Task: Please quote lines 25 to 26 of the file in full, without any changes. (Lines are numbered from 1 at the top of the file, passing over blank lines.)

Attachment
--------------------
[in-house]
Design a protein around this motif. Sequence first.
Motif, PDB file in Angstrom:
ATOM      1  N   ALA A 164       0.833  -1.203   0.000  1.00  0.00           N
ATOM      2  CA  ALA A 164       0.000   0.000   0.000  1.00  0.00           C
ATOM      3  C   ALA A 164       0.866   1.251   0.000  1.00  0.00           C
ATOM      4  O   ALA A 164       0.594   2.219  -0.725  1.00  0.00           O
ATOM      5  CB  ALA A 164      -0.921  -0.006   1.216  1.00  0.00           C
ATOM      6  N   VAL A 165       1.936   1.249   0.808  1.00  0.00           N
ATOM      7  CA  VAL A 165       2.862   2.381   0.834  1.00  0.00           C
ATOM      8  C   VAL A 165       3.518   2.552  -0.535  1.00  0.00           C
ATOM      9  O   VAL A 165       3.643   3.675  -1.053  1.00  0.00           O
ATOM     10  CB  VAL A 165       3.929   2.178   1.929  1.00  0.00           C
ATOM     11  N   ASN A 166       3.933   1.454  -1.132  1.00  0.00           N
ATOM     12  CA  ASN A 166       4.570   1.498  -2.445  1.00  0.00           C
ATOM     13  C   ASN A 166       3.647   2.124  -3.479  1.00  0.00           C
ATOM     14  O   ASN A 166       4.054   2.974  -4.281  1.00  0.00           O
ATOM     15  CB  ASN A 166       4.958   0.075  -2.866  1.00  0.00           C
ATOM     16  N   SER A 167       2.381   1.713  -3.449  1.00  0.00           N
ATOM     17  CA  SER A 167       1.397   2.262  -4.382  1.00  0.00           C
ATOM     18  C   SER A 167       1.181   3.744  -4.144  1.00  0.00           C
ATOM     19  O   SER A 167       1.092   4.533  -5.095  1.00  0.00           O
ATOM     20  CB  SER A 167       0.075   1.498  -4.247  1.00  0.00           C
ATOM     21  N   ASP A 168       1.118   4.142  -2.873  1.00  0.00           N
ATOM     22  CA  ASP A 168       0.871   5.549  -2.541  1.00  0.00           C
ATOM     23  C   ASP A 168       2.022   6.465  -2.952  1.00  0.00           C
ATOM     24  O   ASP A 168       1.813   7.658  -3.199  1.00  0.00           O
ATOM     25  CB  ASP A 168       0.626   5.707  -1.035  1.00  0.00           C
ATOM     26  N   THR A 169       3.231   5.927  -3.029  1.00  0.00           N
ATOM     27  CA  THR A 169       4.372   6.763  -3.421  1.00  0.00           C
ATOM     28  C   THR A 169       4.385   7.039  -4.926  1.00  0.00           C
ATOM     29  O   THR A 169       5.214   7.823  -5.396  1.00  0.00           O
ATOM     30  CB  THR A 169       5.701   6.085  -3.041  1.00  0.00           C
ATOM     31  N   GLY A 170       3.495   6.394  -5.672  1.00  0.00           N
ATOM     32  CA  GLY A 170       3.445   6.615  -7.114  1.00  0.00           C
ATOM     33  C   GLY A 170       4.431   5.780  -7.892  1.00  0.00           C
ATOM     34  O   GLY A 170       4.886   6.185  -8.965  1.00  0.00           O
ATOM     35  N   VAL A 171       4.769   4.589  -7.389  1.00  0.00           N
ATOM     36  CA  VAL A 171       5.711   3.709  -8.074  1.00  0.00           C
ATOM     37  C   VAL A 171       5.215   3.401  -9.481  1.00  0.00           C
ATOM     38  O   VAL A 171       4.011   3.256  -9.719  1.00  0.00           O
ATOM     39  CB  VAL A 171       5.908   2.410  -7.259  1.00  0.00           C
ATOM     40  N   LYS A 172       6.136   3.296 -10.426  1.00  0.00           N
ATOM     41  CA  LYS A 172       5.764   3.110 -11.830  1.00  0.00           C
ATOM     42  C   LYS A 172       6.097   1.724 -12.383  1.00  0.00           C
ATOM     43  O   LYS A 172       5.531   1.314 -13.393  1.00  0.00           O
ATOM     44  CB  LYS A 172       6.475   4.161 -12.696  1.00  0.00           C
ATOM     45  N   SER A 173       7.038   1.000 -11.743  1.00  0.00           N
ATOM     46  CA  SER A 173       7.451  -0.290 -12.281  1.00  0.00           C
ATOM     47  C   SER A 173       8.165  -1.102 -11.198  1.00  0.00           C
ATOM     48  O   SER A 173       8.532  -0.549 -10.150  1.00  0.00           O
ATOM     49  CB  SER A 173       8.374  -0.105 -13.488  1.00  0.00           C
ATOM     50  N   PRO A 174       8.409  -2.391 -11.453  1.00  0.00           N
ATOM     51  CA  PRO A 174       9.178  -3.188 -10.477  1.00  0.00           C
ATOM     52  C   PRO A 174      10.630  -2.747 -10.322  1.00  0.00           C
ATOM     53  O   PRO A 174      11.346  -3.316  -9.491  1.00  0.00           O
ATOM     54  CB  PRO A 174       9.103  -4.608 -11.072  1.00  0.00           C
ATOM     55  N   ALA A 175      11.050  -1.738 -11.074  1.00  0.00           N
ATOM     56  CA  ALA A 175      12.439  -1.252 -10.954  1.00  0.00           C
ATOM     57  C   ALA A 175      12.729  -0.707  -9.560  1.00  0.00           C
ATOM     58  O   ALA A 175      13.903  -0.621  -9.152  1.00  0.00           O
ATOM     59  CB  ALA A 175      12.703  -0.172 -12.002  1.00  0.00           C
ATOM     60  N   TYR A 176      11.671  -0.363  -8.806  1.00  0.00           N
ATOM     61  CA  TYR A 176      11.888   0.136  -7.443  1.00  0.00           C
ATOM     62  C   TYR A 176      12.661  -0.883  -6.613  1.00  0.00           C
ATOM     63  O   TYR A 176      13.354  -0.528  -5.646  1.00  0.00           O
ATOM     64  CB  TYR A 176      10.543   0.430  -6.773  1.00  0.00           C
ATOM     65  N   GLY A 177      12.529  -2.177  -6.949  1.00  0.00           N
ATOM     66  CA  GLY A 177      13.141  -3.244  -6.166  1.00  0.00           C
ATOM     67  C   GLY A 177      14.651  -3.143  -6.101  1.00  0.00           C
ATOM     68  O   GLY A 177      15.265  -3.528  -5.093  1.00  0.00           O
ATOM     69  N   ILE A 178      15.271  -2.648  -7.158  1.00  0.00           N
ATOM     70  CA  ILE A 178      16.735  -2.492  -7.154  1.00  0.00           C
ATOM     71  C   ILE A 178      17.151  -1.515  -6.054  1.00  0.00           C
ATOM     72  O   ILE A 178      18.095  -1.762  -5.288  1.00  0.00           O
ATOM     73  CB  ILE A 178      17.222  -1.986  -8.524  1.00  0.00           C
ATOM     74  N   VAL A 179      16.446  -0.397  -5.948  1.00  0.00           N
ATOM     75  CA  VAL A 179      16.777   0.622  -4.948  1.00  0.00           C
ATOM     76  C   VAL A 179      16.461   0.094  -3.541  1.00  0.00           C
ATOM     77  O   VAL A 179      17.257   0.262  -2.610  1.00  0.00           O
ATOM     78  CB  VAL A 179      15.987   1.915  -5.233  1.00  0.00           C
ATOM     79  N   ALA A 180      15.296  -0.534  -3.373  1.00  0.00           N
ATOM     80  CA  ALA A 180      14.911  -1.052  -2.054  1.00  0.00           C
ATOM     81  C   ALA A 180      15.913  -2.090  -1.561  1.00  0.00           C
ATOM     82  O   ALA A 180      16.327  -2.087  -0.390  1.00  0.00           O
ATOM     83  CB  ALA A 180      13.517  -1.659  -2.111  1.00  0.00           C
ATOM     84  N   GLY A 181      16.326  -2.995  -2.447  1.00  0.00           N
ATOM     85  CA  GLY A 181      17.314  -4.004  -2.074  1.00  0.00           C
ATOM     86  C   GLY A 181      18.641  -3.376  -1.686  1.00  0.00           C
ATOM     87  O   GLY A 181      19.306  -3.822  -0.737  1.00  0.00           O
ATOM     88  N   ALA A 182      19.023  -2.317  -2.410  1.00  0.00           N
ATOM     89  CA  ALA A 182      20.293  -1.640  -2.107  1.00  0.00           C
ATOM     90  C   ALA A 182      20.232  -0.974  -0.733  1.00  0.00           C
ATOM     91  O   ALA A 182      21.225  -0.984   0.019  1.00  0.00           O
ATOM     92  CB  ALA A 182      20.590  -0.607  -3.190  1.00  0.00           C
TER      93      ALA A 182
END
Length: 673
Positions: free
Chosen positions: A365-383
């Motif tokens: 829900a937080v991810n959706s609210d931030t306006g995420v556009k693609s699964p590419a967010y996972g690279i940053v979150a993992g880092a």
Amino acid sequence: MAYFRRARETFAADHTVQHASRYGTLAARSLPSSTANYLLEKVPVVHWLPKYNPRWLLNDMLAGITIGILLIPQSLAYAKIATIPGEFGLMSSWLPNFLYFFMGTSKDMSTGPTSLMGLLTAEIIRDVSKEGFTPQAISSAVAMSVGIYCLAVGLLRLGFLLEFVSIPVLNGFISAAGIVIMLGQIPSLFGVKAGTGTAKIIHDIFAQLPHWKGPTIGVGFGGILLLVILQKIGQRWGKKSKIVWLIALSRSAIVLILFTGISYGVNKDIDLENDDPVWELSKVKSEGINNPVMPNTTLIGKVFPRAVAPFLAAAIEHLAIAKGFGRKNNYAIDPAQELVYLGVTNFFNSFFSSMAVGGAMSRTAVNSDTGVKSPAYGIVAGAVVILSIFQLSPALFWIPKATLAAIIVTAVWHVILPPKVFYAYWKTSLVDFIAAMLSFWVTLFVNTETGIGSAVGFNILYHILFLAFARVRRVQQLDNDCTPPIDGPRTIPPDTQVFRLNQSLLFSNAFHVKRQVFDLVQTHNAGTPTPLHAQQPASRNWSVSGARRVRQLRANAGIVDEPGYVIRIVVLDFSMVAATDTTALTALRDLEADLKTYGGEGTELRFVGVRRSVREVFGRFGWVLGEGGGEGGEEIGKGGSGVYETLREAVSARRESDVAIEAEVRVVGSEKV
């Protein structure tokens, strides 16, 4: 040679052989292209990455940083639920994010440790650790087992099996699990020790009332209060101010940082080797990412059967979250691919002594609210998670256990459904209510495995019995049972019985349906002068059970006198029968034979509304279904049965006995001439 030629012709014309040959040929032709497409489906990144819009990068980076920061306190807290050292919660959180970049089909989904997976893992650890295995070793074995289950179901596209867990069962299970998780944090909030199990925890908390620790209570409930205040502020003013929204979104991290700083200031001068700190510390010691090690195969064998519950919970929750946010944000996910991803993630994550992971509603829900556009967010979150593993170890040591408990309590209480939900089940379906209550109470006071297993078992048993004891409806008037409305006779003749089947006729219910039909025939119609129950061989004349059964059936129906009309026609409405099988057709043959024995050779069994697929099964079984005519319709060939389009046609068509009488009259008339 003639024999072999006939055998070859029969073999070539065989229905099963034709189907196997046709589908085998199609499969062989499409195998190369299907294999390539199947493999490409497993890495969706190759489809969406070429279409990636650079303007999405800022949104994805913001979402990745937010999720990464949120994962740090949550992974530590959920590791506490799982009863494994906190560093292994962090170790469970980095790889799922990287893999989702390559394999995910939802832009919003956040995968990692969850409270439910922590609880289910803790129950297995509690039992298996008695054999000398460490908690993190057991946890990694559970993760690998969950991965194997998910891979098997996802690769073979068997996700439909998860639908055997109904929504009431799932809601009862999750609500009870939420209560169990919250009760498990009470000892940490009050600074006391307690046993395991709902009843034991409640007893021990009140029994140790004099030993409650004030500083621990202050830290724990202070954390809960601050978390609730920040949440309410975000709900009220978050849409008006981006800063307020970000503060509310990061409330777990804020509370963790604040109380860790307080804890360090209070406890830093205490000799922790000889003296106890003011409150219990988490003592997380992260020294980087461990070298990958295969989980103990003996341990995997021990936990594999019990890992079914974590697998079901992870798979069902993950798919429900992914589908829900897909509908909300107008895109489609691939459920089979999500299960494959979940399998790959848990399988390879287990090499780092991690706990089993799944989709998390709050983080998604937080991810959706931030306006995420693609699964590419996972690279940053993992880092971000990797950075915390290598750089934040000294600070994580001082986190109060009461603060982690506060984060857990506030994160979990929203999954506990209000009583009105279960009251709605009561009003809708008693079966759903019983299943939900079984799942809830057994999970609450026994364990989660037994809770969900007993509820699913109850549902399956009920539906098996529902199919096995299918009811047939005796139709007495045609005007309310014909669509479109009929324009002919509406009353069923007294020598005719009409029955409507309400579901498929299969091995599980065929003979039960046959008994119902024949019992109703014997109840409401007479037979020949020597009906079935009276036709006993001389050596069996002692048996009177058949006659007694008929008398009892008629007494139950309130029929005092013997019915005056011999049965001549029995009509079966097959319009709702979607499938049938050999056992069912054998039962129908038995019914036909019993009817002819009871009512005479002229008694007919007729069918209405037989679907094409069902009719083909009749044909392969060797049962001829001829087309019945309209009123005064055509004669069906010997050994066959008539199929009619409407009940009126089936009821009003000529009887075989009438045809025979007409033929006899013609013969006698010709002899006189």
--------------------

ATOM     22  CA  ASP A 168       0.871   5.549  -2.541  1.00  0.00           C
ATOM     23  C   ASP A 168       2.022   6.465  -2.952  1.00  0.00           C